# CS140 Lecture notes -- Big O

• Jim Plank with modifications by Brad Vander Zanden.
• Directory: ~cs140/www-home/notes/BigO
• Lecture notes: http://www.cs.utk.edu/~cs140/notes/BigO
• Thu Oct 29 07:32:45 EST 1998

## Big O

Big O notation is one of the ways in which we talk about how efficient an algorithm or program is. It gives us a nice way of quantifying or classifying how fast or slow a program is as a function of the size of its input.

## Examples

Let's look at a program (in linear1.c):
```#include < stdio.h >

main(int argc, char **argv)
{
int n;
double f;
double count;
int i, j;
long t0;

if (argc != 2) {
fprintf(stderr, "Usage: ex1 n\n");
exit(1);
}

n = atoi(argv[1]);

t0 = time(0);
count = 0;
f = 23.4;
for (i = 0; i < n; i++) {
count++;
f = f * f + 1;
j = (int) f / 1000;
f = f - j*1000;
/*    printf("%lf\n", f); */
}
printf("N: %d   Count: %.0lf   Time: %d\n", n, count, time(0)-t0);
}
```
What this does is compute n random-ish numbers between one and 1000, and if we uncommented the printf() statement, then it would print them -- try it out (uncomment the print statement).

Suppose we run this program with varying values of n. What do we expect? Well, as n increases, so will the count, and so will the running time of the program:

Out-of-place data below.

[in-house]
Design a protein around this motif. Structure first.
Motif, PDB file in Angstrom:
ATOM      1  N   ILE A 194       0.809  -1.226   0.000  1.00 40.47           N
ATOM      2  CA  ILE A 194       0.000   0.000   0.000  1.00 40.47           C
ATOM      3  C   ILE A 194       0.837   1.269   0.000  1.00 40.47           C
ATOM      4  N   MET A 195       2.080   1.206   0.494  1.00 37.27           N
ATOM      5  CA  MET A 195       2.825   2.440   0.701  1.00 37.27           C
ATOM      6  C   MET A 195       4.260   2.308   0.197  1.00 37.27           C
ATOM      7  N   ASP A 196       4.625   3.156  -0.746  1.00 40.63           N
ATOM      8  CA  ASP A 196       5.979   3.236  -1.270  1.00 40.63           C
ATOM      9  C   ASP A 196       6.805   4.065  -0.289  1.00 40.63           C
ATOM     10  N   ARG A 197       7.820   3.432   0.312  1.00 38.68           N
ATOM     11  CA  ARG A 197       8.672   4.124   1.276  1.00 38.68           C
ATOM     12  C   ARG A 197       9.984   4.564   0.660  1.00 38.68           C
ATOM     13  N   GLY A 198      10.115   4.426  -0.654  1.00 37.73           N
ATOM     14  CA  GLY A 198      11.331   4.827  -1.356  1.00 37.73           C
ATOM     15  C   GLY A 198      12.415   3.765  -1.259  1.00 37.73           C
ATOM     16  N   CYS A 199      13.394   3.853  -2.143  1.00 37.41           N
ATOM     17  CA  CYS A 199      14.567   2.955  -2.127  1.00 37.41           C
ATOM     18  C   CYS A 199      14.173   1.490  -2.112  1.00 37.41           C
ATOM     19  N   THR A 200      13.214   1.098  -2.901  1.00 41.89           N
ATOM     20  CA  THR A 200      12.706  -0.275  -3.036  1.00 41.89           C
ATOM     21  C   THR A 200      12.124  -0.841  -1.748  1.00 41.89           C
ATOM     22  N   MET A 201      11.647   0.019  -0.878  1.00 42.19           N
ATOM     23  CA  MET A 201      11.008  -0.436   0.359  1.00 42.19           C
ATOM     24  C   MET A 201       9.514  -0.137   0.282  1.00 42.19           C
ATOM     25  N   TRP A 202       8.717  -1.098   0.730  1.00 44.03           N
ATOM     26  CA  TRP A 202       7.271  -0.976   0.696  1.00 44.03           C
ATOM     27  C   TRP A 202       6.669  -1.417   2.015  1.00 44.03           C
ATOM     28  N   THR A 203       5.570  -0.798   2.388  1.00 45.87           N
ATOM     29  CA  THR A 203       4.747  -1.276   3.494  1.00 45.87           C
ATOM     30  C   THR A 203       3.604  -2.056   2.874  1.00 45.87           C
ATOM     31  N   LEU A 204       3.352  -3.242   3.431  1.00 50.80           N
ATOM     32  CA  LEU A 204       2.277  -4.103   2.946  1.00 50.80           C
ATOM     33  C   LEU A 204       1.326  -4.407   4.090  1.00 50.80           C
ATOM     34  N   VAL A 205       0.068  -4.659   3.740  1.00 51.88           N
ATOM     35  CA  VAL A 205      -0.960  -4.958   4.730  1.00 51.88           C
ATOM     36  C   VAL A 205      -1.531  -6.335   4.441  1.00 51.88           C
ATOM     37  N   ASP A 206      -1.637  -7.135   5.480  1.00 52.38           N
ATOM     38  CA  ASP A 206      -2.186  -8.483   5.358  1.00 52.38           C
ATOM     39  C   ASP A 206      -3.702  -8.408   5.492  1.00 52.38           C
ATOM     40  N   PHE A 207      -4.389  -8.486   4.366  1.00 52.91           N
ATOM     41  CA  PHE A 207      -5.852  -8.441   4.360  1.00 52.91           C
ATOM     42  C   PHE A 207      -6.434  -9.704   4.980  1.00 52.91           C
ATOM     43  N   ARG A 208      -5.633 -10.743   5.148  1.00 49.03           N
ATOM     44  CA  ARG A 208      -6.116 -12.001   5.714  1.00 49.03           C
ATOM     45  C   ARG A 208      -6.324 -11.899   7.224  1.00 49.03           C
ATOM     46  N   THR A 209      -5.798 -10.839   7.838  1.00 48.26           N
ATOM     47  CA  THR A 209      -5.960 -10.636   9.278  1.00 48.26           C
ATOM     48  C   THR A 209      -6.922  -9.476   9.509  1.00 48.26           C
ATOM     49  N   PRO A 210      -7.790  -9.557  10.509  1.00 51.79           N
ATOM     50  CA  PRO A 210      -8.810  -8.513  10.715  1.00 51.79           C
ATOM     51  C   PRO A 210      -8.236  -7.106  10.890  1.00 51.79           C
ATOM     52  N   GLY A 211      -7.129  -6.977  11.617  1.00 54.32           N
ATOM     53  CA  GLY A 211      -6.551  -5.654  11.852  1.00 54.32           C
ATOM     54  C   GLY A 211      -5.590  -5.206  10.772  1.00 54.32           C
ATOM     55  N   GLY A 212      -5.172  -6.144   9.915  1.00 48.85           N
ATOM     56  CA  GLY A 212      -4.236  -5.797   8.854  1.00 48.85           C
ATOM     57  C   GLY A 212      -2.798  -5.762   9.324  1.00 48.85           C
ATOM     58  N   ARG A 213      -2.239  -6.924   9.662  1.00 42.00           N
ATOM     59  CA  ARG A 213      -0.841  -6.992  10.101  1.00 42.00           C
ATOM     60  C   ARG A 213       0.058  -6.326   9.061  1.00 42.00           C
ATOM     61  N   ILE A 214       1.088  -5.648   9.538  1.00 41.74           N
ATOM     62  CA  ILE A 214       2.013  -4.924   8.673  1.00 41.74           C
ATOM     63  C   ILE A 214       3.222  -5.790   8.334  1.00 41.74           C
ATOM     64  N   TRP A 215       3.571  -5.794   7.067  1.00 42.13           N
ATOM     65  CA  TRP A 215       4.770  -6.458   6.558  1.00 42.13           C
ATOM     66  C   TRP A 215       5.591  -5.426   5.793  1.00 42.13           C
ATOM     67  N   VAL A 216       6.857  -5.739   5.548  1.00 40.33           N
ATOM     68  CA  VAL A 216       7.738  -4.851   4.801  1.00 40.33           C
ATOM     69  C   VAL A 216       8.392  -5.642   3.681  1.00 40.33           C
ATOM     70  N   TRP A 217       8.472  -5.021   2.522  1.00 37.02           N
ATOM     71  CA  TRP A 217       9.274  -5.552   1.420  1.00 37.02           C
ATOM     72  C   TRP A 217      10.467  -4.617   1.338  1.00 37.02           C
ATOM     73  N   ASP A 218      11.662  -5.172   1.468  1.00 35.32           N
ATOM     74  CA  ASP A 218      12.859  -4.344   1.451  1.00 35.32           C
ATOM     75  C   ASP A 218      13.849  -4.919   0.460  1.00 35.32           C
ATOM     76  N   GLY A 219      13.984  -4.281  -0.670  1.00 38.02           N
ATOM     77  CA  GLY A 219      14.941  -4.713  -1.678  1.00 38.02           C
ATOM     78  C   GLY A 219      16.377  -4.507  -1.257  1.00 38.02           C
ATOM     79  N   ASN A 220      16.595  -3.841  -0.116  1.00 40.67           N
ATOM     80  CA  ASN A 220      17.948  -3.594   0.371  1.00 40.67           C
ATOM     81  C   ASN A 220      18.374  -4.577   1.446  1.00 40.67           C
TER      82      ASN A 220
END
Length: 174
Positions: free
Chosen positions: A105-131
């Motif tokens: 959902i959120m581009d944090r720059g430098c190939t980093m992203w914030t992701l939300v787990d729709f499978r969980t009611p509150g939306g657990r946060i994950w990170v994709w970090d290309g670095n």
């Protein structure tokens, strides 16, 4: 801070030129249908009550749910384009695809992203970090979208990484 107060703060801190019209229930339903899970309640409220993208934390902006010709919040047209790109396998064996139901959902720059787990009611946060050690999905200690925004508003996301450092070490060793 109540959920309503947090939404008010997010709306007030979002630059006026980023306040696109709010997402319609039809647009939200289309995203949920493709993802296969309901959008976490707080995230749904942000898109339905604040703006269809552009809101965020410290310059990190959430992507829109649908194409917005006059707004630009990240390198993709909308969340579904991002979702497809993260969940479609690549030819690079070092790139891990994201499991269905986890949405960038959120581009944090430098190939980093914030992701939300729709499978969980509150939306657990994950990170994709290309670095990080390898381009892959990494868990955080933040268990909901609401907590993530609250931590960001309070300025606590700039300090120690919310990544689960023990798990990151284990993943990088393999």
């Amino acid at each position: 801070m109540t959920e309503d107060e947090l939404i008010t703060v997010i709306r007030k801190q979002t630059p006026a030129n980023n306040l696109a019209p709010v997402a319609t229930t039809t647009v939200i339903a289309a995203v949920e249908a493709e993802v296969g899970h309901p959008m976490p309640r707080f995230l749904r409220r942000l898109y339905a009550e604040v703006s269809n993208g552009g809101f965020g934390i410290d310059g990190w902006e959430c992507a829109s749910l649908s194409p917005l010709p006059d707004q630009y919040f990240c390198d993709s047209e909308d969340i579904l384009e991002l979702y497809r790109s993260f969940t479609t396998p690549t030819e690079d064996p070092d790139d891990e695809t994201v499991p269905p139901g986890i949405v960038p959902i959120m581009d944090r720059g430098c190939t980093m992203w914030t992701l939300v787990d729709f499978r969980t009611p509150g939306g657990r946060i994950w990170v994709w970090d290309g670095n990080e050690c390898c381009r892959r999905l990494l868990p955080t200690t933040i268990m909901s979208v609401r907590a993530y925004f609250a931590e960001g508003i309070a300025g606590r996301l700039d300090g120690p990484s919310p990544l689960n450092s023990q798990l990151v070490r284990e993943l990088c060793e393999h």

(This is on my machine at home -- I don't know how fast the machines here will be.)

```UNIX> gcc -o linear1 linear1.c
UNIX> linear1 1
N: 1   Count: 1 Time: 0
UNIX> linear1 10000
N: 10000   Count: 10000 Time: 0
UNIX> linear1 10000000
N: 10000000   Count: 10000000 Time: 8
UNIX> linear1 20000000
N: 20000000   Count: 20000000 Time: 14
UNIX> linear1 100000000
N: 100000000   Count: 100000000 Time: 72
UNIX>
```
Just what you'd think. In fact, the running time is roughly linear:

running time = 72n/100000000
Obviously, count equals n.

Now, look at four other programs below. I will just show their loops:
 linear2.c: ``` ... for (i = 0; i < n; i++) { count++; f = f * f + 1; j = (int) f / 1000; f = f - j*1000; } for (i = 0; i < n; i++) { count++; f = f * f + 1; j = (int) f / 1000; f = f - j*1000; } ... ``` log.c: ``` ... for (i = 1; i <= n; i *= 2) { count++; f = f * f + 1; j = (int) f / 1000; f = f - j*1000; } ... ``` nlogn.c: ``` ... for (k = 0; k < n; k++) { for (i = 1; i <= n; i *= 2) { count++; f = f * f + 1; j = (int) f / 1000; f = f - j*1000; } } ... ``` nsquared.c: ``` ... for (i = 0; i < n; i++) { for (k = 0; k < n; k++) { count++; f = f * f + 1; j = (int) f / 1000; f = f - j*1000; } } ... ```

In the five programs total, the value of count will be the following (note, I will expect you to be able to do things like tell me what count is as a function of n on tests):

• linear1.c: count = n.
• linear2.c: count = 2n.
• log.c: count = log(n). (where the logarithm is base 2).
• nlogn.c: count = n*log(n). (where the logarithm is base 2).
• nsquared.c: count = n*n.
In each program, the running time is going to be directly proportional to count. Why? Read chapter two for how to count instructions. So, what do the running times look like if you increase n to large values. I have the output of the various programs in the following table of links:

Some things you should notice right off the bat: log(n) is very, very small in comparison to n. This means that log.c is blazingly fast for even huge values of n. On the other end of the spectrum, n*n grows very quickly as n increases. Below, I graph all of the programs' running times as a function of n: